Miers’ nomination was withdrawn.
Time: Miers Nomination “Drew Charges Of Cronyism From The Very Beginning.” According to Time, “George W. Bush’s nomination of White House counsel Harriet Miers drew charges of cronyism from the very beginning. Nearly as soon as her name was put forward in 2005, Miers’ lack of judicial experience, not to mention her lack of expressed views on constitutional law, made her a target of fierce criticism. Right-wing activists didn’t feel she was conservative enough, and they let Bush know. Opponents, dismayed that the President had passed over a host of more qualified jurists in favor of his personal lawyer from his days as Texas governor, let the press know. Just 25 days after Miers’ nomination, he withdrew her name. The seat eventually went to the far more experienced and conservative Samuel Alito.” [Time, accessed 5/23/13]
Miers Came Under Fire Because Of Her Friendship With Bush And Her Inexperience. According to USA Today, “President Bush’s nomination of his White House counsel, Harriet Miers, suggests that, in the end, he values her gender and her loyalty. But by choosing a friend, Bush ensures that his nominee will face questions about her credentials and whether she benefited from cronyism. Unlike the nine other Supreme Court nominees since 1975, Miers has never been a judge. The late Chief Justice William Rehnquist was the last non-judge to ascend to the court when he was appointed in 1972, but he was an assistant U.S. attorney general with a conservative track record. Miers’ selection recalled an era in which presidents often turned to personal friends to fill vacancies on the Supreme Court.” [USA Today, 10/3/05]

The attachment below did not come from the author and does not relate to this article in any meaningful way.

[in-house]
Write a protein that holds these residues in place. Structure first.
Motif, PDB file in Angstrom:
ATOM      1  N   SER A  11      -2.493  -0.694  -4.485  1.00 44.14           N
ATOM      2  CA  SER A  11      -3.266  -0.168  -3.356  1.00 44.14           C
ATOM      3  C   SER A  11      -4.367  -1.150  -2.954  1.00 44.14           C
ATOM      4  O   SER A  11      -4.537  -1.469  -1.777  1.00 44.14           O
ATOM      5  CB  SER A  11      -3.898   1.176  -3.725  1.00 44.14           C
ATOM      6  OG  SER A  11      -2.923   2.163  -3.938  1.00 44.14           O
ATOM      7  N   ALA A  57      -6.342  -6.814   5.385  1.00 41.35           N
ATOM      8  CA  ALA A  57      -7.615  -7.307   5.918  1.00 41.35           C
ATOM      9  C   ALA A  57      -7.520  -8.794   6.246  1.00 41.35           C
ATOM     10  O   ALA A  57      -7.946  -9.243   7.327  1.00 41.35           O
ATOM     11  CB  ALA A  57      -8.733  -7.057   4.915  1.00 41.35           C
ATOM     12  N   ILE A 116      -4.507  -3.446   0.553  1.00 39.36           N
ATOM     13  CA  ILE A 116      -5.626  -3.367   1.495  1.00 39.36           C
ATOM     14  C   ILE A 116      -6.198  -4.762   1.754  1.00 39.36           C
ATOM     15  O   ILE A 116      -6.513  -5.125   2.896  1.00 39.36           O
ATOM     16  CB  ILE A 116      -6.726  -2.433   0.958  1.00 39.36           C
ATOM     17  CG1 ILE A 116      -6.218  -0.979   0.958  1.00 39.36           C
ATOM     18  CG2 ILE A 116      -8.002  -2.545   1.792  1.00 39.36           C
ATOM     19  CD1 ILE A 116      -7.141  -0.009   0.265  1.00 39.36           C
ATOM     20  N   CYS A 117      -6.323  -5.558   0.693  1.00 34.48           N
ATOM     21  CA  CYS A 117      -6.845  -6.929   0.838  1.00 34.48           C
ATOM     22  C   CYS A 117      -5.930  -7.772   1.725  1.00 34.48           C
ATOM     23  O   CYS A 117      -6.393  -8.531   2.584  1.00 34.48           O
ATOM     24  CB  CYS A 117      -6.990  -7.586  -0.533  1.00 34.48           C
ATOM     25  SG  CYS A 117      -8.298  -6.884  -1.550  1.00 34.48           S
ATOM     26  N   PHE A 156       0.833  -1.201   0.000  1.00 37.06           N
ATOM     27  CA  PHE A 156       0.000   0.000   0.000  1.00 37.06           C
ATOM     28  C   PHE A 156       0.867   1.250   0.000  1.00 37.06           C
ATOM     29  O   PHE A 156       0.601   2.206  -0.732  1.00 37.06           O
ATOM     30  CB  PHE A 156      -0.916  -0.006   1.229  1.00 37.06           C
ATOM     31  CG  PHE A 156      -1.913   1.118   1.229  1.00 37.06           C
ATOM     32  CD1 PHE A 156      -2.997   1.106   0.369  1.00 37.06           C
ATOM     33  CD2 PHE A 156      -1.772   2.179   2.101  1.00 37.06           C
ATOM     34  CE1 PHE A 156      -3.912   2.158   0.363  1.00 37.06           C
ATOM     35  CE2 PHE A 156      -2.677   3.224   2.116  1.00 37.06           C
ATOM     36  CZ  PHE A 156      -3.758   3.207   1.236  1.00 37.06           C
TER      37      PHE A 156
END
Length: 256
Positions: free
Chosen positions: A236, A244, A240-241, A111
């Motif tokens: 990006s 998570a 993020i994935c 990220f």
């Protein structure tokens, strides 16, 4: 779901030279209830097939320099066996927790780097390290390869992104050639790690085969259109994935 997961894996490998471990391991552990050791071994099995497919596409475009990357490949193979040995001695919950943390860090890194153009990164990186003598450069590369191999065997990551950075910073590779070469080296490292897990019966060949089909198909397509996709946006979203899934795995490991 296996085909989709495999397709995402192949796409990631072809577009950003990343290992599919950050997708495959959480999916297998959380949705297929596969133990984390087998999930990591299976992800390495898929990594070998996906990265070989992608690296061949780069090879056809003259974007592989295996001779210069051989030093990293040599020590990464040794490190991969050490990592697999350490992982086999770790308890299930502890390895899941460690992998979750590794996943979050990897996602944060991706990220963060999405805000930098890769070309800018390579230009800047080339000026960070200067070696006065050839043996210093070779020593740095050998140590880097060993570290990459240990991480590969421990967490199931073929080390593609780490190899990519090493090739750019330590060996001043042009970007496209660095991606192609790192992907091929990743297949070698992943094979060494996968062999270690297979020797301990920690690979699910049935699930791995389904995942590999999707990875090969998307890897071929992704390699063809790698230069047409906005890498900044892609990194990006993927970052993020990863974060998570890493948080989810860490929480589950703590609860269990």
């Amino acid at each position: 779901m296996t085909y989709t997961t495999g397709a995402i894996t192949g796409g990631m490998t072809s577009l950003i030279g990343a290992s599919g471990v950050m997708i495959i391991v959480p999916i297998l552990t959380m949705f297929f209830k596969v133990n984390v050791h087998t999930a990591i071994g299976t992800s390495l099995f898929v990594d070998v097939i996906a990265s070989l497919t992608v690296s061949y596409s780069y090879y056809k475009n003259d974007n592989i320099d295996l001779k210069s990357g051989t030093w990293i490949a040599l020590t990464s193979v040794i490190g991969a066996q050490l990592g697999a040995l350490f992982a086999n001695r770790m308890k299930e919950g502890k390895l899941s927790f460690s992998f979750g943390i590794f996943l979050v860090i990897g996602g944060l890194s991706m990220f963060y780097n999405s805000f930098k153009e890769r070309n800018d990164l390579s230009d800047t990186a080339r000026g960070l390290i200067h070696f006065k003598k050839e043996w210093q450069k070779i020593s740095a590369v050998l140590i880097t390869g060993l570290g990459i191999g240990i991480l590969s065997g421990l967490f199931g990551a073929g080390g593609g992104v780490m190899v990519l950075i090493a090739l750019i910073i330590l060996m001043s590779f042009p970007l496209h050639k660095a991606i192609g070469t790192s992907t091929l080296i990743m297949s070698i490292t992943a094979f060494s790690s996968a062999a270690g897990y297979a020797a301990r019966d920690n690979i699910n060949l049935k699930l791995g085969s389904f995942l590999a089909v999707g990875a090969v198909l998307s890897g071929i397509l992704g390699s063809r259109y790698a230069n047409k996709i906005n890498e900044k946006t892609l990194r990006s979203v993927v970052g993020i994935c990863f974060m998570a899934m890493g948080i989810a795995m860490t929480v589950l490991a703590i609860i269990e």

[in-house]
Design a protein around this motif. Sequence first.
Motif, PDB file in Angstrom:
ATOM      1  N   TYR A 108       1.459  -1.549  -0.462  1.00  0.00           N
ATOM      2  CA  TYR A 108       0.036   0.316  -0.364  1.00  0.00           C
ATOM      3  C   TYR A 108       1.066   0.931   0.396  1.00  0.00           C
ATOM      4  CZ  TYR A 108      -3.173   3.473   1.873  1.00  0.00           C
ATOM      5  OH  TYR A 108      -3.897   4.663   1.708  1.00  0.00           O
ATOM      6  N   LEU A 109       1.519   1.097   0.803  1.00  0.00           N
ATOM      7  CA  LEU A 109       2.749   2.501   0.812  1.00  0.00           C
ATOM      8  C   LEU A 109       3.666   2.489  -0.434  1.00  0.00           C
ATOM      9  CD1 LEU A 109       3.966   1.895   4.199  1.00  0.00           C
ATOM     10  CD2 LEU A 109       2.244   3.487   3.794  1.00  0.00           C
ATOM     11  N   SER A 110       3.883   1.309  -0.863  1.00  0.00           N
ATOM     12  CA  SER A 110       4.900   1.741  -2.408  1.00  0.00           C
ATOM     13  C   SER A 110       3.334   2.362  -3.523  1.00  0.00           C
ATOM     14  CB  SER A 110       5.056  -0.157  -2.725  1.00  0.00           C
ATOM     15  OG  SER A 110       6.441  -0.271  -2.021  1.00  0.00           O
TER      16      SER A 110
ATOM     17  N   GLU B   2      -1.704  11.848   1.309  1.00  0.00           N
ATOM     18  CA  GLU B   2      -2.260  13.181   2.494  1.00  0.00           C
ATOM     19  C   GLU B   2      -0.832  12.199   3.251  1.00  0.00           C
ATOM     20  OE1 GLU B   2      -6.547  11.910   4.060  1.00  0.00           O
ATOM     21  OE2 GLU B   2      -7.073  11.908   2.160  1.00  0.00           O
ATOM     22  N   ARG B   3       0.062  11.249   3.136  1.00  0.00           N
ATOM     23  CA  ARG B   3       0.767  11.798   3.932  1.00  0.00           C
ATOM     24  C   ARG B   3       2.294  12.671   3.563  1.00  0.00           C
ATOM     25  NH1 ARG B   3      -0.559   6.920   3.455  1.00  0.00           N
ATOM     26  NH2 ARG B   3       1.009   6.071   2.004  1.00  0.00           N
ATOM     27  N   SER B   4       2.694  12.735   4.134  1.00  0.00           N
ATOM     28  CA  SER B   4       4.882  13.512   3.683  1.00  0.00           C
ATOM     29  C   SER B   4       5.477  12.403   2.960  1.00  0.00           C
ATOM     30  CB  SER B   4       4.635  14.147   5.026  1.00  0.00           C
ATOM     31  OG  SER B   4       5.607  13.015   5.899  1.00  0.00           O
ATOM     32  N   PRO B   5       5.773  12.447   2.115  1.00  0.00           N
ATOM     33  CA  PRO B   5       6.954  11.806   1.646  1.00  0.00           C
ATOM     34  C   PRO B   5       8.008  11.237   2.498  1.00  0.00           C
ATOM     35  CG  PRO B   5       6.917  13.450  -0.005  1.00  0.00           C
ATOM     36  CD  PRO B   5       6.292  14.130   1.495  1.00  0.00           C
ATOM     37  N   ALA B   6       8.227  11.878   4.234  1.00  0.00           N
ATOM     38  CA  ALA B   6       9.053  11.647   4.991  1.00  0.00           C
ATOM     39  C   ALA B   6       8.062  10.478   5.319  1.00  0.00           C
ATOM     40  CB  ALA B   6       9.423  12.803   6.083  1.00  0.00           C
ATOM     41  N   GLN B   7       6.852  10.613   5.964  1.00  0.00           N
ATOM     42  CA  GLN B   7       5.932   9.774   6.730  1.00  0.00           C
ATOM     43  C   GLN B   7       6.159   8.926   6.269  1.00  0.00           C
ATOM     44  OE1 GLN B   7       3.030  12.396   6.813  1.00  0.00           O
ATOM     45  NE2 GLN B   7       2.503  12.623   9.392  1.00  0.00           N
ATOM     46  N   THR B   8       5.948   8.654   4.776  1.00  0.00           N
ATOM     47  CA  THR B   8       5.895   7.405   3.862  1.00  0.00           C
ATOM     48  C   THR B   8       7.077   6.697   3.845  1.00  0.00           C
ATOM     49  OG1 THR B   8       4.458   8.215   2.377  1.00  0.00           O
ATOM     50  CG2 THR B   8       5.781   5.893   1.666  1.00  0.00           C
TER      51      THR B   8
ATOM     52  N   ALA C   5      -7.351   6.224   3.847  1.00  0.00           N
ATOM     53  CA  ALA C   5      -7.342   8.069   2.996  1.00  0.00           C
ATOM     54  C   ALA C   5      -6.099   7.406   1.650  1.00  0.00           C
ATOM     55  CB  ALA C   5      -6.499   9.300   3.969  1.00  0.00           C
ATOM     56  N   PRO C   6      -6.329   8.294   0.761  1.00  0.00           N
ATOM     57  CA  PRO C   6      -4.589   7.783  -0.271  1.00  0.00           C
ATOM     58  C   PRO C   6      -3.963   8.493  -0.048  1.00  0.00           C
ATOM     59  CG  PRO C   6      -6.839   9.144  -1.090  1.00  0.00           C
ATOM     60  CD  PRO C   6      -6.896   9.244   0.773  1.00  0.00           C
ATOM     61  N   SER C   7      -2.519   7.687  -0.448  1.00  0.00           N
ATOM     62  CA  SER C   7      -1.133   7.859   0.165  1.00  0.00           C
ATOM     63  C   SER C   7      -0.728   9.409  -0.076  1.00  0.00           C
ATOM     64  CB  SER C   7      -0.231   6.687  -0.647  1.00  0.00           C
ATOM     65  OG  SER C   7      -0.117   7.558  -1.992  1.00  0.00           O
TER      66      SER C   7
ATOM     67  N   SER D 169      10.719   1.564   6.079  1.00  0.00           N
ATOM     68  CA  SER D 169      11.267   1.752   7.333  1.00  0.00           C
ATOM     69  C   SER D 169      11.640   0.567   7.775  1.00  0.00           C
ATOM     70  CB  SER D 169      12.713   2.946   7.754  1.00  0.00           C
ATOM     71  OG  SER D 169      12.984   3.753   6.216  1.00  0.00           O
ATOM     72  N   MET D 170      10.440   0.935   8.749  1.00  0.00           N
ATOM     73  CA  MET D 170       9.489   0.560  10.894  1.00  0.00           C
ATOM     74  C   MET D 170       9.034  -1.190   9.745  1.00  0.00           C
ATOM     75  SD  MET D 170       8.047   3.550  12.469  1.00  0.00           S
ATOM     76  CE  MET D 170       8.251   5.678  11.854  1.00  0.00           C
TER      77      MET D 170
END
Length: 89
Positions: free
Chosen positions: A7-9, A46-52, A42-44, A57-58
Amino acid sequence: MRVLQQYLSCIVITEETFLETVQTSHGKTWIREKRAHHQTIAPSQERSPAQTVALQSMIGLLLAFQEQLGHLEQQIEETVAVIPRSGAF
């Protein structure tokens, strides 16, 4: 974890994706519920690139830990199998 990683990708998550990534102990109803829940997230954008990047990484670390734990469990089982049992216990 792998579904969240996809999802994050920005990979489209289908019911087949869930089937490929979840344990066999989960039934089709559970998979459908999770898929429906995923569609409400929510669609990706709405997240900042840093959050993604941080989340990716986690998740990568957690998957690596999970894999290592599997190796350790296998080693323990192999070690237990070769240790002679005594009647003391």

Conservative Scholar: Miers’ Qualifications “Are All The Fruits Of Her Continuing Relationship With The President.” According to NPR, “Moreover, some critics complained that Miers’ nomination had less to do with her qualifications than with her close relationship with Mr. Bush. ‘If one omits the jobs that were given to her by President Bush … all you have left is a corporate attorney who has shown an ability for administration,’ Ronald J. Pestritto, of the conservative think tank, The Claremont Institute, recently noted in one of a slew of negative web postings on the Miers nomination. ‘The substantial weight of the evidence of her capacity to be a justice — that is, the key government positions she has held — are all the fruits of her continuing relationship with the president. If this doesn’t raise serious questions about cronyism, I’m not sure what does.’” [NPR, 10/27/05]
Both Parties’ Judiciary Committee Leaders Called Miers’ Questionnaire Answers “Insulting” And “Incomplete.” According to NPR, “Meanwhile, Senators Arlen Spector and Patrick Leahy, the Republican and Democratic leaders of the Senate Judiciary Committee, voiced their disappointment in Miers’ 56-page response to questions about her judicial experience and philosophy. Calling her answers ‘incomplete’ and ‘insulting,’ they demanded that she re-do the questionnaire, and also asked for additional documents from her tenure at the White House.” [NPR, 10/27/05]